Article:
Angry residents of the evacuated Chalcots Estate in Camden are facing the prospect of a third night sleeping on air beds at a local leisure centre as the council insisted they cannot return home.
Camden Council announced the immediate evacuation of four tower blocks in the north London estate after fire safety checks revealed they had cladding similar to that thought to have played a role in the Grenfell Tower disaster.
At least 79 people are missing, presumed dead, following the fire at the tower in north Kensington on 14 June which is believed to have been started by a faulty fridge on the fourth floor before spreading quickly up the outside of the building.
Fire safety checks have been carried out by local authorities around the country and 60 blocks in 25 council areas have so far failed.
The Department for Communities and Local Government said that every tower block which has been tested so far has failed.
Former London Mayoral candidate and local Green party councillor Sian Berry told The Independent the number of people staying in the leisure centre may even go up as more people were coming forward for help with a place to stay.
Around 200 residents from 120 households refused to leave their homes in the towers on Saturday night as many said they did not want to sleep on airbeds just a few hundred feet from their own homes while 60 others slept in the centre and others stayed with family or friends.
Ms Berry said: "I was here yesterday and I spoke to people who had been waiting all day, they were elderly or had large families and they just didn’t want to stay in the sports hall.
"A lot people who did sleep in their flats last night are now coming to the back of the queue to get reallocated housing tonight."
She said council staff were still "frantically" trying to arrange hotel rooms for people on Sunday afternoon.
People were seen bringing food to the centre while some residents were heard saying the situation was "madness" and describing the scene as "absolute chaos".
One mother, Fadumo Salah, said she had not been able to sleep in days because she and her family had been staying in the leisure centre since Friday.
She told The Independent she had been given a new number on Sunday morning and had been told to wait in a queue.
"We are in a queue and they keep saying ‘Go back, go back we’ll call you’ and they never call you".
Another mother who was placed in a bed and breakfast said she cannot stay there as she has no way to feed her four children.
Farah Ikran said she was staying in a room with no fridge or cooker and could not feed her one-year-old daughter with takeaways.
"They are doing nothing. They are saying you get £100 but we don’t need money. We need a place for our kids", she told The Independent. "Money is nothing to us, even if she gives us £10,000, it is nothing."
She said she was originally told she would be staying there for just one night but has now been told she may have to stay for two weeks.
She said: "I am not going to stay for 14 nights. I have a child, one-year-old, she is not eating takeaway. Why are they kicking us out of our houses? Why are they kicking out kids?
"They are the ones who created this problem. They need to solve it, they need to open up their houses. They have houses. They have a hundred empty properties they are getting ready now and they are not doing anything."
Camden Council made the decision to evacuate after it found that in addition to the cladding, there were numerous fire risks inside the towers such as inadequate fire doors, gas pipes and insulation.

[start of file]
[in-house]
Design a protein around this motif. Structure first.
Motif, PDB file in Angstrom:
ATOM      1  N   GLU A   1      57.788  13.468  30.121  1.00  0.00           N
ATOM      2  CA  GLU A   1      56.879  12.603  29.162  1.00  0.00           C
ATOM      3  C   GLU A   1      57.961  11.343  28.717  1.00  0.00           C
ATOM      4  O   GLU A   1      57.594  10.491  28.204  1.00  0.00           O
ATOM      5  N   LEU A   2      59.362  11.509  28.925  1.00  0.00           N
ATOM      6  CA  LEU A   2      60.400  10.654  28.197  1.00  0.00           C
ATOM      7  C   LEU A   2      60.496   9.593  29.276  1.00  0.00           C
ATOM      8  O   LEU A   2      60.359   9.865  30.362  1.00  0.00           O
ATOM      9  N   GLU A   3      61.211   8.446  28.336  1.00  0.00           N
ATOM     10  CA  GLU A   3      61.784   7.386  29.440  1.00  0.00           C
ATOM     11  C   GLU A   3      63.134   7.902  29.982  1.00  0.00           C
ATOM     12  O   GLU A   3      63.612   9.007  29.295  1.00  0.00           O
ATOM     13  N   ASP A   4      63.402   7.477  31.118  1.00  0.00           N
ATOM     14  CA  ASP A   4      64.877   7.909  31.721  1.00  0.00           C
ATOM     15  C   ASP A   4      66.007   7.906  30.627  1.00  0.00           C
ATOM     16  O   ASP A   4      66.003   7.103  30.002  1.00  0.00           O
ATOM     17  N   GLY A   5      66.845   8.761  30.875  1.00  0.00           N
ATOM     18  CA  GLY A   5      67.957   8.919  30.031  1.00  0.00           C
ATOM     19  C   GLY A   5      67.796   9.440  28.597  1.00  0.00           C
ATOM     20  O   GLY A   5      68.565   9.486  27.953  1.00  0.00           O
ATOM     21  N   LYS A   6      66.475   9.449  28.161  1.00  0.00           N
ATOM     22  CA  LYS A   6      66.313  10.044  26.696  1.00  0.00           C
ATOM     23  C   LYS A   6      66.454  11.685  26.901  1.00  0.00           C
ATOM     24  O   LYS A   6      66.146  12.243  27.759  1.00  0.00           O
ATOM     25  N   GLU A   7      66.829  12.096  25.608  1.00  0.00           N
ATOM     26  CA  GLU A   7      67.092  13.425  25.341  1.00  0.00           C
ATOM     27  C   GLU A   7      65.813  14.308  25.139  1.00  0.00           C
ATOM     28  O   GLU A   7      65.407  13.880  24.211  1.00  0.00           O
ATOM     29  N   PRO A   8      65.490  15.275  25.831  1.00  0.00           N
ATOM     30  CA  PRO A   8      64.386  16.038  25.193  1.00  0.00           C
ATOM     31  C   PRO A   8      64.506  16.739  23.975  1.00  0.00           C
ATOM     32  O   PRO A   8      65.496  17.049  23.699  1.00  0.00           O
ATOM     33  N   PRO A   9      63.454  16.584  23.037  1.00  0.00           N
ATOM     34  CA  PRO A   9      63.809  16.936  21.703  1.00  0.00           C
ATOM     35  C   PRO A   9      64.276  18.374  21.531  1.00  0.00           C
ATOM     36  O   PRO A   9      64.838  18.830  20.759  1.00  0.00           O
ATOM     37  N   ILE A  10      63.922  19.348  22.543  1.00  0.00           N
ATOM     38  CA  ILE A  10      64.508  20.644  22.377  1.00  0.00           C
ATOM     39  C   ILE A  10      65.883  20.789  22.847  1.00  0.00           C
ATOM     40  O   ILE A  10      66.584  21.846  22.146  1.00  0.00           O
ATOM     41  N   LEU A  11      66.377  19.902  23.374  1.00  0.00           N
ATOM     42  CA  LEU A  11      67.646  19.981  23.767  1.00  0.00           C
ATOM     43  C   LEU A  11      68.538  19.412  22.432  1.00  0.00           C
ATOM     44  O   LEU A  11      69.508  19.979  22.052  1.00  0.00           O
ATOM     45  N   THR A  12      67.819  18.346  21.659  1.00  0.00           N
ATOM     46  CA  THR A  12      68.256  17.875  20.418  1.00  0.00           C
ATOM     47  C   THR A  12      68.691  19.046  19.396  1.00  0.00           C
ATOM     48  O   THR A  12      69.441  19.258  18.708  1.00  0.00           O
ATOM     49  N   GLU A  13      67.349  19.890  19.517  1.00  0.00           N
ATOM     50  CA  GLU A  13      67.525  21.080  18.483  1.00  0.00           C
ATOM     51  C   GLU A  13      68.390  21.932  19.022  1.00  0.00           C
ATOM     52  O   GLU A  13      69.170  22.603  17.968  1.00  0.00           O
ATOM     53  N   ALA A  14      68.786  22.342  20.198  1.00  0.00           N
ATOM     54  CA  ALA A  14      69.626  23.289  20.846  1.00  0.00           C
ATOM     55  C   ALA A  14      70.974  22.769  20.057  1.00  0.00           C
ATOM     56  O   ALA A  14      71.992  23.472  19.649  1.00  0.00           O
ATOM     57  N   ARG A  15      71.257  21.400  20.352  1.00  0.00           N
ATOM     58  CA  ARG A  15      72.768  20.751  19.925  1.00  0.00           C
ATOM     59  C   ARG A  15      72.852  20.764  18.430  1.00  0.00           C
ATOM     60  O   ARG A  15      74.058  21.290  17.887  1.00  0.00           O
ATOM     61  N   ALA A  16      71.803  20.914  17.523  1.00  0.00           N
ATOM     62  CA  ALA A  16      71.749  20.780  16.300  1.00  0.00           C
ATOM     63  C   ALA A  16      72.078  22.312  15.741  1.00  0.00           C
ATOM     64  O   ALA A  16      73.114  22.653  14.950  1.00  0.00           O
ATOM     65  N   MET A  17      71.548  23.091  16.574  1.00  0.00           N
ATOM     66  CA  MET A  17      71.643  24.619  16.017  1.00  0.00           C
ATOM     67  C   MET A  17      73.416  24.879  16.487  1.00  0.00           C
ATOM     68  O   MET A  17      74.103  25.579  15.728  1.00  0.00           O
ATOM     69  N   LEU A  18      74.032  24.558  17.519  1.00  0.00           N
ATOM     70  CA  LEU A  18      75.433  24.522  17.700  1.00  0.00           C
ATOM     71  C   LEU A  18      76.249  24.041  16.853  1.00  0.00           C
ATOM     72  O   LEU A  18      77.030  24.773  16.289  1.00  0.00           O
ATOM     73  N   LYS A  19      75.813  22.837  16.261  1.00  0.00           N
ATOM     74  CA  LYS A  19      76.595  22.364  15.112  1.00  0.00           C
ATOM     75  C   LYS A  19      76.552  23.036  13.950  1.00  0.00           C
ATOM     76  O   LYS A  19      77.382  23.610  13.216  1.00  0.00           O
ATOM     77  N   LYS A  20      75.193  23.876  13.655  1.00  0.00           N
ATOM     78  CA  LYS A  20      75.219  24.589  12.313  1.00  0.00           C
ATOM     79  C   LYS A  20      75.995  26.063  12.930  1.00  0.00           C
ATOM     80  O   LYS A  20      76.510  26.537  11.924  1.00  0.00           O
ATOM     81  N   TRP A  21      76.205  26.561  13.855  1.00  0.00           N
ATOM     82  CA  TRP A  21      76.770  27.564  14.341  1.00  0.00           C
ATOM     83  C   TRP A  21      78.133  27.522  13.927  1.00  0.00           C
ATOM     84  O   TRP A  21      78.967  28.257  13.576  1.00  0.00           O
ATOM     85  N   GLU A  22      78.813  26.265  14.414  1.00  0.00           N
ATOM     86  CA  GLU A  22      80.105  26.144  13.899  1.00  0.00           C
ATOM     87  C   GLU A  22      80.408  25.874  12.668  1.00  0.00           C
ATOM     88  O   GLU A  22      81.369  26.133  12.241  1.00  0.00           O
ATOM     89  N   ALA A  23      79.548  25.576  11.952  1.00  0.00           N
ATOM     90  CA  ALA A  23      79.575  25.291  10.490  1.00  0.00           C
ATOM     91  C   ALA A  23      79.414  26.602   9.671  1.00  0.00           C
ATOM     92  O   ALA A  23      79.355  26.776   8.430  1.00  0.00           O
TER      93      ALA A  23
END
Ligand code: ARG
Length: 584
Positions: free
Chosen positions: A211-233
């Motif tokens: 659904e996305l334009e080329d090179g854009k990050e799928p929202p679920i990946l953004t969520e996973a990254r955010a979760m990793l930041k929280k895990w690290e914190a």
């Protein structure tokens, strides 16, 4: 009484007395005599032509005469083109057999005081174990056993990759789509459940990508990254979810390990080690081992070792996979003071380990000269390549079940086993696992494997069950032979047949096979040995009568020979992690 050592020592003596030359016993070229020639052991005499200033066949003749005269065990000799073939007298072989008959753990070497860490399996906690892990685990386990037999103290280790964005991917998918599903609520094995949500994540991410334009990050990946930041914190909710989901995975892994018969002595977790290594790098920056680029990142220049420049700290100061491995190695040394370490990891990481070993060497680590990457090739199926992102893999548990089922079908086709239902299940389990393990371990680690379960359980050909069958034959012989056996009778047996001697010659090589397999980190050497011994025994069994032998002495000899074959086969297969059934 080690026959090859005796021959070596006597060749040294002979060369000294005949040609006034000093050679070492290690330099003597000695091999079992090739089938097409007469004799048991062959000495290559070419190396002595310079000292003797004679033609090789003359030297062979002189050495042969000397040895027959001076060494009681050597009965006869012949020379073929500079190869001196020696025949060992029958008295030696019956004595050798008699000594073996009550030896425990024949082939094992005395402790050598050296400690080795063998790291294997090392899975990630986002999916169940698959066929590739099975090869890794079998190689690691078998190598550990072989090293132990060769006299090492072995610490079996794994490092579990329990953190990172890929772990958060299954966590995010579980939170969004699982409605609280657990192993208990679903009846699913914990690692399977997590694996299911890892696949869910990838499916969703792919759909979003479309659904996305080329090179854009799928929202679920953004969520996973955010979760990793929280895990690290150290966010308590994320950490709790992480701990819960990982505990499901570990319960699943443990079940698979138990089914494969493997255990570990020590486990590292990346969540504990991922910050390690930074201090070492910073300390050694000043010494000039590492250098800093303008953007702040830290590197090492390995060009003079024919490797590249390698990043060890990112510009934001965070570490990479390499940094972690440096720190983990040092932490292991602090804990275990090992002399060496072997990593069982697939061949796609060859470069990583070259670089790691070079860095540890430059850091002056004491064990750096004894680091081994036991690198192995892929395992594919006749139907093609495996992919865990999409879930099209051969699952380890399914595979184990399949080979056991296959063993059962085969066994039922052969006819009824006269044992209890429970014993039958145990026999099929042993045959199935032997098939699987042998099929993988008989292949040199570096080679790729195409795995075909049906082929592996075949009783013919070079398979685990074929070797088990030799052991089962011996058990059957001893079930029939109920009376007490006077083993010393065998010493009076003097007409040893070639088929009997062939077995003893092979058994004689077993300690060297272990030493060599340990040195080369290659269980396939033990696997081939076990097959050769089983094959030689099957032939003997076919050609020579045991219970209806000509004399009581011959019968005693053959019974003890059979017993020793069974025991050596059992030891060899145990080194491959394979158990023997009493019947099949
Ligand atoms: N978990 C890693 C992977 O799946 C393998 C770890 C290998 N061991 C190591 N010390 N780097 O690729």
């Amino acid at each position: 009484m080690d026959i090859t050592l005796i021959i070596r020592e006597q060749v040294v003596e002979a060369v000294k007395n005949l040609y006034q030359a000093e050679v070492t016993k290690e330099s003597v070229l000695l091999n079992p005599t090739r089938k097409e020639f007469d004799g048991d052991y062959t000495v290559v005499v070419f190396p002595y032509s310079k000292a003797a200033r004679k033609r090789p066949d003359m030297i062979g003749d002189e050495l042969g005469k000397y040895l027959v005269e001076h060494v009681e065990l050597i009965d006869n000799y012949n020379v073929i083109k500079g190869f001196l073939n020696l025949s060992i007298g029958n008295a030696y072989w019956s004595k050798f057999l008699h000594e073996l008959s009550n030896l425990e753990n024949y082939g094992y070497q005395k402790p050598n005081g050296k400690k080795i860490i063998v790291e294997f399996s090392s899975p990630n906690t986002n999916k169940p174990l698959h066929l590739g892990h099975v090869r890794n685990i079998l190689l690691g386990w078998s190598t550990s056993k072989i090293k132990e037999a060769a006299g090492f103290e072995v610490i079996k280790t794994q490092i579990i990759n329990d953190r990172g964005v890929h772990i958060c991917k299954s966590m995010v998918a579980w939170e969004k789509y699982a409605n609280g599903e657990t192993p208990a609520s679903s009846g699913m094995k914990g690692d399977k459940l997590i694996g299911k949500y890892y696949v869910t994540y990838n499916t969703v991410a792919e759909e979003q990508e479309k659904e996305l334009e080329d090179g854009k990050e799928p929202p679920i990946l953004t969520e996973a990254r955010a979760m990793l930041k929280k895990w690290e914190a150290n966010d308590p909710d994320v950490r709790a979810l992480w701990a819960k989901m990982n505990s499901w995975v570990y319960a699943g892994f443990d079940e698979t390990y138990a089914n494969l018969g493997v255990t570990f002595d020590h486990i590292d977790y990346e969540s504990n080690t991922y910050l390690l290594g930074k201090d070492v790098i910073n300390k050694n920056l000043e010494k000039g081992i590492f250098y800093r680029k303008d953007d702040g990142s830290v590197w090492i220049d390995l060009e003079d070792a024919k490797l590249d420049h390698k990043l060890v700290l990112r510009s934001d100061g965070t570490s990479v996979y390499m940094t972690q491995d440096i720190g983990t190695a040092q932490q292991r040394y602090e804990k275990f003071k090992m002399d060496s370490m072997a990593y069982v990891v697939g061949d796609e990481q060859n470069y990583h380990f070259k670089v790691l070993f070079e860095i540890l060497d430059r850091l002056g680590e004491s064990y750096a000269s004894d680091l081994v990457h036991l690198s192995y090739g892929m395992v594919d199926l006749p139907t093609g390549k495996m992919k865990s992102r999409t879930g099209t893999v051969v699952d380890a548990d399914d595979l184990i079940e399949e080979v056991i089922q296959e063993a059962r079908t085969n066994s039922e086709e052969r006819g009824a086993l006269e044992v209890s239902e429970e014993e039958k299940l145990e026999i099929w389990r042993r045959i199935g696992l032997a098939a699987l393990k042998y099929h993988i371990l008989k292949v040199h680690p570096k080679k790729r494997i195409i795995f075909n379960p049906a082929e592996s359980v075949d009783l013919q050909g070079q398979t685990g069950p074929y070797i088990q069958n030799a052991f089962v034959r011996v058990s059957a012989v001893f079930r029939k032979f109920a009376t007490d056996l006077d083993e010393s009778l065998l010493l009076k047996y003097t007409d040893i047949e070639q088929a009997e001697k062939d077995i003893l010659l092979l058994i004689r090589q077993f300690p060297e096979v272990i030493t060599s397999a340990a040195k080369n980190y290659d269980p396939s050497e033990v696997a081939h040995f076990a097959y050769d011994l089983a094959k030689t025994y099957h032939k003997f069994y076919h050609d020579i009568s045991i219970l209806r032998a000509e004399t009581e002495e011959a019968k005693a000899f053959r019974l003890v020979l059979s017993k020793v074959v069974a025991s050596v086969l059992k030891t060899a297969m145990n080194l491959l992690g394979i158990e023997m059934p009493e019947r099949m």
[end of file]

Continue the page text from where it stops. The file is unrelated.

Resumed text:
But Ms Berry, who is also a London Assembly Member, said the London Fire Brigade would have forced the council to act if they did not do so voluntarily.
She said: "It was not a voluntary decision.
"I’m fed up of listening to radio debates about whether this is necessary. It is necessary because they said so.
"They are the experts. And they would have issued a legal notice if Camden weren’t doing this voluntarily."
She said the council should have evacuated on Thursday morning when they first began testing as the cladding as they should have known about the internal fire safety issues in the tower.
Camden Council leader Georgia Gould said she would be personally knocking on doors to try to persuade people to leave.
She told BBC News some residents have issues, including agoraphobia, and want to be sure they have got suitable accommodation before moving out of their flats.
"I'm going myself back to the blocks to knock on doors and have those conversations," she told BBC News.
She added: "The last thing I want to do is force people out of their homes, and the conversations I have been having with residents in these buildings is that they are happy to work with us."
The council said it could take two to four weeks for the four blocks to be made safe. It said it would cover the cost of hotel rooms up to £200 a night.
Ms Gould said in a statement on Sunday evening: "Our focus is on making residents as comfortable as possible, and we’re working as fast as we can to move residents through the rest centre and into hotels and other suitable accommodation.
"Where residents would like to book their own hotel rooms, we’ll cover the cost of up to £200 per room per night, we just need residents to give us a receipt. We’ll also be making brand new flats we’ve built at Maiden Lane available for evacuated families for a temporary period.
"Evacuated residents have been so patient this weekend in difficult circumstances and our focus is on ensuring everyone has a proper bed as soon as we can."
DCLG had said many more samples from tower blocks around the country still need to be tested.
A spokesman told The Independent local authorities were not planning to evacuate any other buildings for the time being as the other towers did not have the same internal fire safety problems like Chalcots Estate.
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